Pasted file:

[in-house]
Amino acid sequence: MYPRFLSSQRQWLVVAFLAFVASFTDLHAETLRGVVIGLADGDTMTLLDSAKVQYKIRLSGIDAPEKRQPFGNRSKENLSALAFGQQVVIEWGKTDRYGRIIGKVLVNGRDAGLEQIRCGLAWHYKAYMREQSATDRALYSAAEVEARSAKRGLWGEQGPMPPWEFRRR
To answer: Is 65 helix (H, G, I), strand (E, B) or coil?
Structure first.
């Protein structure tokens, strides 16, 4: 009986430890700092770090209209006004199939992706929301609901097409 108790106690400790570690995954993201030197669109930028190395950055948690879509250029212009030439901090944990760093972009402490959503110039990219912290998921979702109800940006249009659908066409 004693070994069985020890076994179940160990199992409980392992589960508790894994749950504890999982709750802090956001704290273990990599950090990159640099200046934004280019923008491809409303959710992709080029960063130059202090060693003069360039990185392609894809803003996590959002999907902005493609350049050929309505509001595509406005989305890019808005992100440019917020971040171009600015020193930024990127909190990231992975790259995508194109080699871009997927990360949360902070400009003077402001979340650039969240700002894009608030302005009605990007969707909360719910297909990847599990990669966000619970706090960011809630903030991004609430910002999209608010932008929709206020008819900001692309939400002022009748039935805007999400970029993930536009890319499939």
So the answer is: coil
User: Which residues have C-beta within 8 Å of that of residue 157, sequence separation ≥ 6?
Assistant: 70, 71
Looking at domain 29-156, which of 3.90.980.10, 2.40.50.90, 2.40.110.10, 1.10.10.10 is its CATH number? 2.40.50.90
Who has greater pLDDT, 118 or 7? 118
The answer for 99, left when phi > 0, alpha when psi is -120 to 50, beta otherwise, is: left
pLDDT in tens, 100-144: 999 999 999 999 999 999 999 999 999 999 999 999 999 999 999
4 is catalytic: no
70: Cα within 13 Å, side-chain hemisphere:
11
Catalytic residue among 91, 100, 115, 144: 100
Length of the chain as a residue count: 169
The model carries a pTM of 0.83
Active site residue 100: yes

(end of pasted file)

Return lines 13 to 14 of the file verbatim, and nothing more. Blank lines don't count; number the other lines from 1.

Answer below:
4 is catalytic: no
70: Cα within 13 Å, side-chain hemisphere: